The big, the bizarre and the beautiful

Calf Heath to Goldstone Wharf

Within a couple of hours of leaving the Calf’s Heath mooring on Saturday the Shropshire Union Canal had been reached.

Signpost for CHESTER,   C37-04    that must be it… pass through the small stop lock (a 6 inch drop) at Autherley Junction and the Shropshire Union stretches ahead for 66½ miles to Ellesmere Port and the Manchester Ship Canal.

After the curves and narrows of the Staffs and Worcs Canal boaters soon realise that cruising along the Shropshire Union (which is still running through Staffordshire at that point) is a rather different experience. The Shroppie is initially wider, but later there are very narrow sections and unlike many other waterways it is arrow straight for long stretches. The channel often passes through deep cuttings, their rocky sides sometimes visible. Trees have grown up alongside the banks of the cuttings so the water is shaded – and the towpath muddy. Another renowned feature of this southerly section of the canal is the embankments, again long and straight. During construction the spoil from the cuttings was used to create the embankments (a Thomas Telford design).

So it’s the width, the straights, the depths of the cuttings and the height of the bridges   C37-17    that are “big” around here.

Twice in recent days there’s been passage under the M54   C37-30      – how big a motorway tunnel needs to be in comparison with a two or three hundred year old brick bridge…

Just north of Brewood (remember, pronounced “Brood”) is the Stretton Aqueduct,  C37-12    (another Thomas Telford design) high above Watling Street (the A5 London-Holyhead route).  C37-13    The ironwork is attractive – but it’s crying out for a paint restoration job; just think how attractive the Ramsdell Railings on the Macclesfield Canal look after years of effort by that canal’s Society.

There are big views in some places, across the fields from the embankments and, gloriously, west towards the Wrekin and even to the hills of mid-Wales.  C37-28

As for the bizarre: well there are unusual boat decorations: here the model dog on the boat’s bow was identical to the live dog on the towpath!   C37-14   A bird of prey on another boat seemed rather intimidating  C37-16   – but what about this (skull and crossbones)  C37-09   or this (shark’s teeth)? C37-11

Boaters, like road users, are conscious of fuel costs. Famed is the garage in Wheaton Aston, which has a wharf on the canal below and supplies diesel at this price. C37-15   How come the price of marine diesel varies so much…?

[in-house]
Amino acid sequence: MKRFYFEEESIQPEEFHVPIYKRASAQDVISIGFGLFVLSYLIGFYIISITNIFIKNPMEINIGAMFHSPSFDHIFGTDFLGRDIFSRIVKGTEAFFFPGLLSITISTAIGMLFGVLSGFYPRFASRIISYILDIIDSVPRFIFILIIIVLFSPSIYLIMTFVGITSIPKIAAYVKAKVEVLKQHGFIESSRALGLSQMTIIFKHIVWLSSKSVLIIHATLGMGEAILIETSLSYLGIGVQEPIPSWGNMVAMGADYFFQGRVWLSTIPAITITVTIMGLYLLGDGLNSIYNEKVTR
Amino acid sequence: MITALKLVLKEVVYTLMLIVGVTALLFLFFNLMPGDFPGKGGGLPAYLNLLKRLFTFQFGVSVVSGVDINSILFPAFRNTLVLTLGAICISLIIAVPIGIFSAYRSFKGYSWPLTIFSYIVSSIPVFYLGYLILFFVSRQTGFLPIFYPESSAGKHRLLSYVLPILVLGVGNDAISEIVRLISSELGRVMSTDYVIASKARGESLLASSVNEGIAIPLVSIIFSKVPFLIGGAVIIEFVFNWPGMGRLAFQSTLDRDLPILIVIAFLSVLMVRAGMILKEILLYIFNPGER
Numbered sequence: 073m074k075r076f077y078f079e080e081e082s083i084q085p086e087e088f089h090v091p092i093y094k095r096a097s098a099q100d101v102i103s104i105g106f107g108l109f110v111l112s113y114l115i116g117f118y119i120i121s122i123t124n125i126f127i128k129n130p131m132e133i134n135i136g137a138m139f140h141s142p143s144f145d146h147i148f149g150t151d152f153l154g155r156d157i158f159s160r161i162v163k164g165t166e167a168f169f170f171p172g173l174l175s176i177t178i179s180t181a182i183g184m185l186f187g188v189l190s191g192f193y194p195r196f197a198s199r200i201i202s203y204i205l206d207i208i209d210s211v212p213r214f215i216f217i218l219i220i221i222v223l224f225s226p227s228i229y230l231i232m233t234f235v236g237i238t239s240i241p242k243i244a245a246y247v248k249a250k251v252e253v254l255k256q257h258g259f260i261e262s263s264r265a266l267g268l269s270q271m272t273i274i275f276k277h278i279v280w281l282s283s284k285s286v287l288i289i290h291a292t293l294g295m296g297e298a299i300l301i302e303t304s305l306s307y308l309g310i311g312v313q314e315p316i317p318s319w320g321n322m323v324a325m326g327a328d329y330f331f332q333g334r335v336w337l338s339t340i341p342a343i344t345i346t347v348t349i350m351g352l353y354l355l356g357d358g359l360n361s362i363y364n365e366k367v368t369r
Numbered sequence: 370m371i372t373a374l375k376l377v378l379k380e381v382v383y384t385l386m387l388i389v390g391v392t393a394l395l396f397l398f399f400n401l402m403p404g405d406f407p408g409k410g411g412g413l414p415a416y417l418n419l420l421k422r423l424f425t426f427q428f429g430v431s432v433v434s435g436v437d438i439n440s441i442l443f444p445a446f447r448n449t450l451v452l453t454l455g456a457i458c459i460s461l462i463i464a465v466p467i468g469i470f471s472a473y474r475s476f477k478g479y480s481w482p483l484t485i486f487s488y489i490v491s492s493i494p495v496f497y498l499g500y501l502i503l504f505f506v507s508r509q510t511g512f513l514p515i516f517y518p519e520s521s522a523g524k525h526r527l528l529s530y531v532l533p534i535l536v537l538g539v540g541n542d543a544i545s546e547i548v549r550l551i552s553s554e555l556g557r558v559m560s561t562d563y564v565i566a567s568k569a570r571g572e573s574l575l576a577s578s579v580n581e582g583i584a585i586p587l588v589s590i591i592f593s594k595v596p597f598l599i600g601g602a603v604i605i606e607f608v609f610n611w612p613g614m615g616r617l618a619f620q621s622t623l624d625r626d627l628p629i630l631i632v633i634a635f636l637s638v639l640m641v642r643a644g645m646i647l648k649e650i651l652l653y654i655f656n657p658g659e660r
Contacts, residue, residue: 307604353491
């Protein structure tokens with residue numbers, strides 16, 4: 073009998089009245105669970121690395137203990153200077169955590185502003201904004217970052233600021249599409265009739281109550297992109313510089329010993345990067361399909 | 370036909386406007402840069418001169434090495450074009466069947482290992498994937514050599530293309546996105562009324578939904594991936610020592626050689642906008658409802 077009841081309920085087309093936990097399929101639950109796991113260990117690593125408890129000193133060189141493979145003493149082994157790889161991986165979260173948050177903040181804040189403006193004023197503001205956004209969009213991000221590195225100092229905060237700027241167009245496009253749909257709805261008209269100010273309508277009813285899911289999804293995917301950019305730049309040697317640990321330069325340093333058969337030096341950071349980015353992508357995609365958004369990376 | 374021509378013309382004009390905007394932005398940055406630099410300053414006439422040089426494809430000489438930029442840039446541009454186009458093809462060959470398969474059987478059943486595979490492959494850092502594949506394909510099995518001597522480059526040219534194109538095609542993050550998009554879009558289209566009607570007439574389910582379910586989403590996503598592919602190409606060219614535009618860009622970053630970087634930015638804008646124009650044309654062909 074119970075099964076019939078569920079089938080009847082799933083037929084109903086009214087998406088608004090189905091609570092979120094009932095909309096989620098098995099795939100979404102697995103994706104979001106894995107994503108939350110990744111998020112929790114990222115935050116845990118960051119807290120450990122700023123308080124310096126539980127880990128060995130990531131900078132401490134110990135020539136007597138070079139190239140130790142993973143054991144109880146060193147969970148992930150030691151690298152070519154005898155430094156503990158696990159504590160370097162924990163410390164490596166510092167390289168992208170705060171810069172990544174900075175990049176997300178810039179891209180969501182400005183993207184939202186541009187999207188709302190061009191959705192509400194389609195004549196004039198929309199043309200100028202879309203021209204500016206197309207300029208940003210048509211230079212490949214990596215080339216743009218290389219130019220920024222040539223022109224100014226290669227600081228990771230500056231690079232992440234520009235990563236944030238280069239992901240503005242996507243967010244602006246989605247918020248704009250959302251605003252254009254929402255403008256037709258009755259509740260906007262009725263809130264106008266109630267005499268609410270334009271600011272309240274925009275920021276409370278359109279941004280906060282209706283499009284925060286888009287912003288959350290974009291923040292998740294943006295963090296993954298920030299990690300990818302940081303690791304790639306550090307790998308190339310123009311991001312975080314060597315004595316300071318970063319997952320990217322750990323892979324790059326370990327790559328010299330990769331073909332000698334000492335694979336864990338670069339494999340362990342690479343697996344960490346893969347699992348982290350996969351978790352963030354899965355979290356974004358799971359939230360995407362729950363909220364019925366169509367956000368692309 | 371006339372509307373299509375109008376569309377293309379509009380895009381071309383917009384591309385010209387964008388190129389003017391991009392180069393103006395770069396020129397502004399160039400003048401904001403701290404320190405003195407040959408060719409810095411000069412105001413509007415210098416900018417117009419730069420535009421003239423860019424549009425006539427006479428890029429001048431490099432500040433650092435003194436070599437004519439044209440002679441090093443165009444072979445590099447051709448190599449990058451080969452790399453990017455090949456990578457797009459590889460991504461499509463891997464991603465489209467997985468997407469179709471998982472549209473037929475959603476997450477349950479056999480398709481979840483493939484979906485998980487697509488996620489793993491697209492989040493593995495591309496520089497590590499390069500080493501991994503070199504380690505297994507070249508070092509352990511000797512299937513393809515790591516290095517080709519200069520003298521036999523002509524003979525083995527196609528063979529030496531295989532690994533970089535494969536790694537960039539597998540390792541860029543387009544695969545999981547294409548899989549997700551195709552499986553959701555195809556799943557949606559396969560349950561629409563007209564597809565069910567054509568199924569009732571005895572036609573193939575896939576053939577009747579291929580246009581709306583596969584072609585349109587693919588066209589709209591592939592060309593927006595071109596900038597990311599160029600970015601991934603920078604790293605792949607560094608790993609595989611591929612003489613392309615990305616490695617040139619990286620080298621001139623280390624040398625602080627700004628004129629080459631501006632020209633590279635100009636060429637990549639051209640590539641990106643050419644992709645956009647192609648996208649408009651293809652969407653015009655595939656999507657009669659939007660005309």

In Brewood there is this building,    C37-08     Speedwell Castle, apparently an eighteenth century Gothic folly built on the winnings of a racehorse called Speedwell.

A couple of boat names have brought a smile: Life on Mars  C37-02    and Summat in the Waerter (think of a West Midlands accent).  C37-05

Bizarre too and famous along the Shropshire Union (Grub Street Cutting to be precise) is Bridge 41 where a short telegraph pole remains planted on the central bridge support.


Beautiful : Wildlife is abundant on the canals. Herons are regularly seen hunched in a field over on the bank side. This was a chance shot of one in flight   C37-19     while sunlight dancing on water by leeching through the leaves overhead is a cheering sight.  C37-29

Beautiful is the bride. On Saturday afternoon, while the Captain struggled with the impossible task of mooring in shallow water by the meadow below Brewood,  C37-06    church bells rang out. Later they rang again and a bride and a whole posse of belles emerged from the church.


 A very severe rainstorm an hour earlier had left a large, deep puddle beside the churchyard gate; a succession of beautiful high-heeled summer wedding shoes had to be tiptoed over the unplanned pond…

This was a beautiful boat, nb Britannia (near Coven Heath, Staffs & Worcs)  C37-01    while at Gnosall (Shopshire Union) there was beautiful paintwork on a very pink coloured boat…  C37-18    Finally, a beautiful gesture: help yourself to apples.  C37-21


(Written at Goldstone Wharf, awaiting arrival of additional crew, the Cheshire One having been recruited to help with a fair few locks down to Audlem).










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